Nobody (that we know of) has audited OS X Sandboxes for race conditions. It’s hard to know whether they are present. It wouldn’t surprise us either way.
Do we care? No, not really. First, it’s just speculation. Second, I don’t have any evidence that TOCTTOU races in kernel wrappers are ever actually exploited. Right now, someone actively beating OS X Sandboxing is not writing commodity virus programs; you did something to piss them off.
A Brief Interlude
It is taking me longer to write this up than I expected. Sorry!
The Leopard Firewall
The consensus opinion is that it’s a step backwards. Most notably, it doesn’t filter outbound connections. Multiple commenters note that you can get outbound filtering from programs like Little Snitch.
Do we care? We don’t, but our Moms do. Outbound filtering is more valuable than inbound filtering; it catches “phone-home” malware. It’s not that hard to implement, and I’m surprised Leopard doesn’t do it.
Apple says, “Leopard can use digital signatures to verify that an application hasn’t been changed since it was created.” You can create these signatures with the “codesign” tool, verify them on the command line with “codesign -v”, and display them with “codesign -dvv”. To create a key to sign them under, go to Keychain Access, select “Certificate Assistant” from the app menu, and generate a new “Code Signing” certificate.
Code signatures appear to be enforced from the TMSafetyNet kernel
extension. I was just wrong about this, thanks Ralf.
Awesome. Two problems, though.
First: I haven’t yet found a place that checks these signatures. I tried Parental Controls and I tried Saved Passwords in Safari, both times testing by corrupting the binary in the same fashion as a virus. Evidently, the only thing “protected” by signatures is the Keychain, and the “protection” means that instead of accessing the Keychain transparently, you get a confirmation dialog that looks substantially similar to a Keychain dialog you probably click through several times a week.
Second: Even if they were validated, you can still inject unsigned libraries into applications when they launch; this is a core feature of the dynamic linker, which you enable with the “DYLDINSERTLIBRARIES” environment variable.
Do we care? It is very, very, very hard to build systems that gain security from code signing. There are like 10 posts, each longer than this one, that could go into explaining why that is. So, our take is, “no”. There was no way this was going to be a straightforward security win for Leopard. You care to the extend that you are irritated with Apple for marketing hyperbole.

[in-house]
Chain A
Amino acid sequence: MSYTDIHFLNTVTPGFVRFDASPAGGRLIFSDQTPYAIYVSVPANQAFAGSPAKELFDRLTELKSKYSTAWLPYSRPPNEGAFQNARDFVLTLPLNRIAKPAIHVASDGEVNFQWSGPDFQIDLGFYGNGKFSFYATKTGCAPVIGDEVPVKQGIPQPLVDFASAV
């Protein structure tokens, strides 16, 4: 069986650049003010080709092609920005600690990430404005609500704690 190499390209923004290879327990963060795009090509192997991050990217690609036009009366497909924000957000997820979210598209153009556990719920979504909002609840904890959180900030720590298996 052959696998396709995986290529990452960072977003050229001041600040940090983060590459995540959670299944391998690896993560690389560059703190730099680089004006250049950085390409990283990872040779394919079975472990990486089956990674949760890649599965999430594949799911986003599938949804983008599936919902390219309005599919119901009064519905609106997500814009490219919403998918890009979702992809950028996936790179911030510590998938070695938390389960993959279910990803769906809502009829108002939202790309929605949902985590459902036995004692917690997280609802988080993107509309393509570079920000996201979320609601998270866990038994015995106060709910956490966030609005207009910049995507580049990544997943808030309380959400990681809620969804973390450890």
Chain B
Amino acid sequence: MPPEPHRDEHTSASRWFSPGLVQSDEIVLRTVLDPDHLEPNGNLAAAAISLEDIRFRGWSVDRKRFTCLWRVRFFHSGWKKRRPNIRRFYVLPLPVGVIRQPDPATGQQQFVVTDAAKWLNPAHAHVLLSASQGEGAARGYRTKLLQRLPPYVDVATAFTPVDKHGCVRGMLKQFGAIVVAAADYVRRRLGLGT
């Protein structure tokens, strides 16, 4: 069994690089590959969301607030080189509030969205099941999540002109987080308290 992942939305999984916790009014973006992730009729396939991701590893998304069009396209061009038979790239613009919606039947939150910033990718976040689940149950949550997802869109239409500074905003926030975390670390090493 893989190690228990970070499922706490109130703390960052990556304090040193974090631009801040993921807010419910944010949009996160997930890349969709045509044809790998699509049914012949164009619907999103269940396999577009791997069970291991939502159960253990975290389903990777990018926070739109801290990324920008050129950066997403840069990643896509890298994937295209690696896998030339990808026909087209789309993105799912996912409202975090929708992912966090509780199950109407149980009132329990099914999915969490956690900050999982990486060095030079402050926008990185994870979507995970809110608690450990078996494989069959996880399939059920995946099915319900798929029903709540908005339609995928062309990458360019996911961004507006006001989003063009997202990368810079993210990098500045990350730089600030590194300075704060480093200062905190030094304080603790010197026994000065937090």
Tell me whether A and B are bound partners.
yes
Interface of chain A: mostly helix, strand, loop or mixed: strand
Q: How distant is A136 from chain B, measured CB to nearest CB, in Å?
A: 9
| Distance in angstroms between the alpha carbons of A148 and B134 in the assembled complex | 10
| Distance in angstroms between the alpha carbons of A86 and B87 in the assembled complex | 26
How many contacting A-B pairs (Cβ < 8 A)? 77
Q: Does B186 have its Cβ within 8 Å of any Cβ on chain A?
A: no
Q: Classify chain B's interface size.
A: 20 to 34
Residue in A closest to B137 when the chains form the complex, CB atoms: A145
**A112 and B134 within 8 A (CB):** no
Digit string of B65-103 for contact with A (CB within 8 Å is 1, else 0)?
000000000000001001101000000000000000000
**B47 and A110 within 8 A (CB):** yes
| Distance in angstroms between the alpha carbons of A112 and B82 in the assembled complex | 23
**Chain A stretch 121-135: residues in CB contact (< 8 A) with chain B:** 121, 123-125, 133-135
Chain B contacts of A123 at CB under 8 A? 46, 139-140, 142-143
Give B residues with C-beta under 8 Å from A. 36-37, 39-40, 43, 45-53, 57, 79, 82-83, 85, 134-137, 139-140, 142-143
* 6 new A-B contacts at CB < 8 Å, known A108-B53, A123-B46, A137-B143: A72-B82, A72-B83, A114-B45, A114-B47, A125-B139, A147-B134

Here’s an interesting one. You can lock down what executables an account can use. “Parental Controls” undersells this feature. Enterprises pay tens of dollars per desktop for aftermarket software to lock down desktops to trusted applications.
I assumed with a name like “Parental Controls” that the threat model was my 8 year old son. It’s not. Parental Controls are enforced in the kernel, which you can demonstrated by allowing an account Terminal.app and nothing else. Parental Controls will keep you from executing arbitrary programs; it’s enforced at execve()!
Here’s where it gets weird.
Terminal.app is not very useful without the several hundred Unix command line tools you invoke Terminal to get access to. And you can run these programs. They aren’t individually allowed or denied; that would be a nightmare to configure.
You can even execute the compiler, and build new programs. But you can’t execute them!
I originally thought, “Eureka! A place to actually witness Code Signing in action!” No such luck. Copy /bin/ls to /tmp (its signature remains intact), and you can’t run it. Copy “hello world”, with no signature, into “/bin” (as root, of course) and you can. This appears to be “trusted path execution” —- programs in certain directories run, others must be individually allowed.
Unfortunately, the feature is broken in the same way Code Signing is. Want to run an arbitrary program under Parental Controls lockdown? Change its “main()” to a GCC “contructor” function, and compile it as a dylib. Then “DYLDINSERTLIBRARIES” it into any allowed program. Your code runs, and has full access to the system.
Do we care? Kind of a lot, yeah. Not that we’re disappointed. Actually, even though we seem to be able to walk past this feature, it works way better than we expected it to; it is one silly flaw away from parity with expensive aftermarket Windows tools. This feature should be fixed, exposed somewhere besides “Parental Controls”, and relabeled “Secure Desktop”.